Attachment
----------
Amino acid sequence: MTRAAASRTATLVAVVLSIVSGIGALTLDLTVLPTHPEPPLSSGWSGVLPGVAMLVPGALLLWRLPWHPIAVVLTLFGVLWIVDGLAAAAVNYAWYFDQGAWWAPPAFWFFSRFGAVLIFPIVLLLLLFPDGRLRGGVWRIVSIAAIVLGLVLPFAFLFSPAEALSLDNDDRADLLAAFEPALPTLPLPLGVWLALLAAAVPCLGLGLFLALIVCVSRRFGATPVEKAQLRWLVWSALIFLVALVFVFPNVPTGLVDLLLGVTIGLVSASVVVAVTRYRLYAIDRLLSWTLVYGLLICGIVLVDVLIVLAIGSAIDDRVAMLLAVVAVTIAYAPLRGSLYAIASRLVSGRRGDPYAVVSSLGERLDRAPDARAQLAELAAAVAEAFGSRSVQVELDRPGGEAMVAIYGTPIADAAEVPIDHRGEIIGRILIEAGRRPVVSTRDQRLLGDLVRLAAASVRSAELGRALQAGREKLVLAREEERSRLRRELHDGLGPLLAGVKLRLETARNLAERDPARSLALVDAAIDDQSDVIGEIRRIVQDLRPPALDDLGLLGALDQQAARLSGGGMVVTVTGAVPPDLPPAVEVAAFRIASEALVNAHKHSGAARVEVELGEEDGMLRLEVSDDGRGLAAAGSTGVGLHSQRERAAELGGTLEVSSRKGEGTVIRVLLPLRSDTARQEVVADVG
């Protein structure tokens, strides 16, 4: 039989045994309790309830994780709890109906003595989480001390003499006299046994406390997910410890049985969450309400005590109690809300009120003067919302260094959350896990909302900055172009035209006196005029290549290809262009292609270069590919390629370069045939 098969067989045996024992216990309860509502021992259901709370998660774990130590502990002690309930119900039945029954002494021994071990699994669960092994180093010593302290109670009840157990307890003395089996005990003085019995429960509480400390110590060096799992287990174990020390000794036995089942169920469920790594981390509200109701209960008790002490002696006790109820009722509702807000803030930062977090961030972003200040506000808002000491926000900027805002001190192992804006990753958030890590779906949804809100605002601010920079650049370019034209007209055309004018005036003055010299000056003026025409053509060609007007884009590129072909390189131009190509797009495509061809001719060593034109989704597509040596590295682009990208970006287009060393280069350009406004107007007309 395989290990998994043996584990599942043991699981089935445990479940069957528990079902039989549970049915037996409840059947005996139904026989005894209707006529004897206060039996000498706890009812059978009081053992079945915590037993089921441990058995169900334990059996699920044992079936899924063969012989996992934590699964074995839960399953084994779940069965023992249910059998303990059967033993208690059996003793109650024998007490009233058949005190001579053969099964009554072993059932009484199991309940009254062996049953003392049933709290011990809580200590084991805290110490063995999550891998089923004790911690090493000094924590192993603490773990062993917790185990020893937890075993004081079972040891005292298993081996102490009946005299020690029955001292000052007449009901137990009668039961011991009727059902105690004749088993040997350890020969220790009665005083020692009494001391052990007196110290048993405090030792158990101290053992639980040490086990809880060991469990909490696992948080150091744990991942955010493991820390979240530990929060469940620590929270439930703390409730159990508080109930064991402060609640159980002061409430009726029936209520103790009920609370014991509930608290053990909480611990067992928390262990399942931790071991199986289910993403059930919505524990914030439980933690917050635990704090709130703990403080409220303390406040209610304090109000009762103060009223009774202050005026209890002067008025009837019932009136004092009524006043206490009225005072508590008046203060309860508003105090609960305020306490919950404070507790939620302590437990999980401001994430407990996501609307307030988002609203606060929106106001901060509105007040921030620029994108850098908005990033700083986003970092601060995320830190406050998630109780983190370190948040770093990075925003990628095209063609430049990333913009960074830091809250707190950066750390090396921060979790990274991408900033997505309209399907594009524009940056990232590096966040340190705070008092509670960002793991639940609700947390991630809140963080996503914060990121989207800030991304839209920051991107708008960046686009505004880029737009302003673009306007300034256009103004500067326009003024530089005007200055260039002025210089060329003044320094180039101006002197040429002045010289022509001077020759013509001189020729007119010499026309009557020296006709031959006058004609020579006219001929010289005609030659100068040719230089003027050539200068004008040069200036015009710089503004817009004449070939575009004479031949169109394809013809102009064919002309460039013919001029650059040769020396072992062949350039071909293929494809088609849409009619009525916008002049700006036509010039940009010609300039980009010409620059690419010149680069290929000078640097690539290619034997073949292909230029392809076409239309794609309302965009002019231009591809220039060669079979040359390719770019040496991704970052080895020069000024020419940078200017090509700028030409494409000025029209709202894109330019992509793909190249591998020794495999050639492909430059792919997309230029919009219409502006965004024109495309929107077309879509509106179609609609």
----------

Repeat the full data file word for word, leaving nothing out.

Amino acid sequence: MTRAAASRTATLVAVVLSIVSGIGALTLDLTVLPTHPEPPLSSGWSGVLPGVAMLVPGALLLWRLPWHPIAVVLTLFGVLWIVDGLAAAAVNYAWYFDQGAWWAPPAFWFFSRFGAVLIFPIVLLLLLFPDGRLRGGVWRIVSIAAIVLGLVLPFAFLFSPAEALSLDNDDRADLLAAFEPALPTLPLPLGVWLALLAAAVPCLGLGLFLALIVCVSRRFGATPVEKAQLRWLVWSALIFLVALVFVFPNVPTGLVDLLLGVTIGLVSASVVVAVTRYRLYAIDRLLSWTLVYGLLICGIVLVDVLIVLAIGSAIDDRVAMLLAVVAVTIAYAPLRGSLYAIASRLVSGRRGDPYAVVSSLGERLDRAPDARAQLAELAAAVAEAFGSRSVQVELDRPGGEAMVAIYGTPIADAAEVPIDHRGEIIGRILIEAGRRPVVSTRDQRLLGDLVRLAAASVRSAELGRALQAGREKLVLAREEERSRLRRELHDGLGPLLAGVKLRLETARNLAERDPARSLALVDAAIDDQSDVIGEIRRIVQDLRPPALDDLGLLGALDQQAARLSGGGMVVTVTGAVPPDLPPAVEVAAFRIASEALVNAHKHSGAARVEVELGEEDGMLRLEVSDDGRGLAAAGSTGVGLHSQRERAAELGGTLEVSSRKGEGTVIRVLLPLRSDTARQEVVADVG
């Protein structure tokens, strides 16, 4: 039989045994309790309830994780709890109906003595989480001390003499006299046994406390997910410890049985969450309400005590109690809300009120003067919302260094959350896990909302900055172009035209006196005029290549290809262009292609270069590919390629370069045939 098969067989045996024992216990309860509502021992259901709370998660774990130590502990002690309930119900039945029954002494021994071990699994669960092994180093010593302290109670009840157990307890003395089996005990003085019995429960509480400390110590060096799992287990174990020390000794036995089942169920469920790594981390509200109701209960008790002490002696006790109820009722509702807000803030930062977090961030972003200040506000808002000491926000900027805002001190192992804006990753958030890590779906949804809100605002601010920079650049370019034209007209055309004018005036003055010299000056003026025409053509060609007007884009590129072909390189131009190509797009495509061809001719060593034109989704597509040596590295682009990208970006287009060393280069350009406004107007007309 395989290990998994043996584990599942043991699981089935445990479940069957528990079902039989549970049915037996409840059947005996139904026989005894209707006529004897206060039996000498706890009812059978009081053992079945915590037993089921441990058995169900334990059996699920044992079936899924063969012989996992934590699964074995839960399953084994779940069965023992249910059998303990059967033993208690059996003793109650024998007490009233058949005190001579053969099964009554072993059932009484199991309940009254062996049953003392049933709290011990809580200590084991805290110490063995999550891998089923004790911690090493000094924590192993603490773990062993917790185990020893937890075993004081079972040891005292298993081996102490009946005299020690029955001292000052007449009901137990009668039961011991009727059902105690004749088993040997350890020969220790009665005083020692009494001391052990007196110290048993405090030792158990101290053992639980040490086990809880060991469990909490696992948080150091744990991942955010493991820390979240530990929060469940620590929270439930703390409730159990508080109930064991402060609640159980002061409430009726029936209520103790009920609370014991509930608290053990909480611990067992928390262990399942931790071991199986289910993403059930919505524990914030439980933690917050635990704090709130703990403080409220303390406040209610304090109000009762103060009223009774202050005026209890002067008025009837019932009136004092009524006043206490009225005072508590008046203060309860508003105090609960305020306490919950404070507790939620302590437990999980401001994430407990996501609307307030988002609203606060929106106001901060509105007040921030620029994108850098908005990033700083986003970092601060995320830190406050998630109780983190370190948040770093990075925003990628095209063609430049990333913009960074830091809250707190950066750390090396921060979790990274991408900033997505309209399907594009524009940056990232590096966040340190705070008092509670960002793991639940609700947390991630809140963080996503914060990121989207800030991304839209920051991107708008960046686009505004880029737009302003673009306007300034256009103004500067326009003024530089005007200055260039002025210089060329003044320094180039101006002197040429002045010289022509001077020759013509001189020729007119010499026309009557020296006709031959006058004609020579006219001929010289005609030659100068040719230089003027050539200068004008040069200036015009710089503004817009004449070939575009004479031949169109394809013809102009064919002309460039013919001029650059040769020396072992062949350039071909293929494809088609849409009619009525916008002049700006036509010039940009010609300039980009010409620059690419010149680069290929000078640097690539290619034997073949292909230029392809076409239309794609309302965009002019231009591809220039060669079979040359390719770019040496991704970052080895020069000024020419940078200017090509700028030409494409000025029209709202894109330019992509793909190249591998020794495999050639492909430059792919997309230029919009219409502006965004024109495309929107077309879509509106179609609609």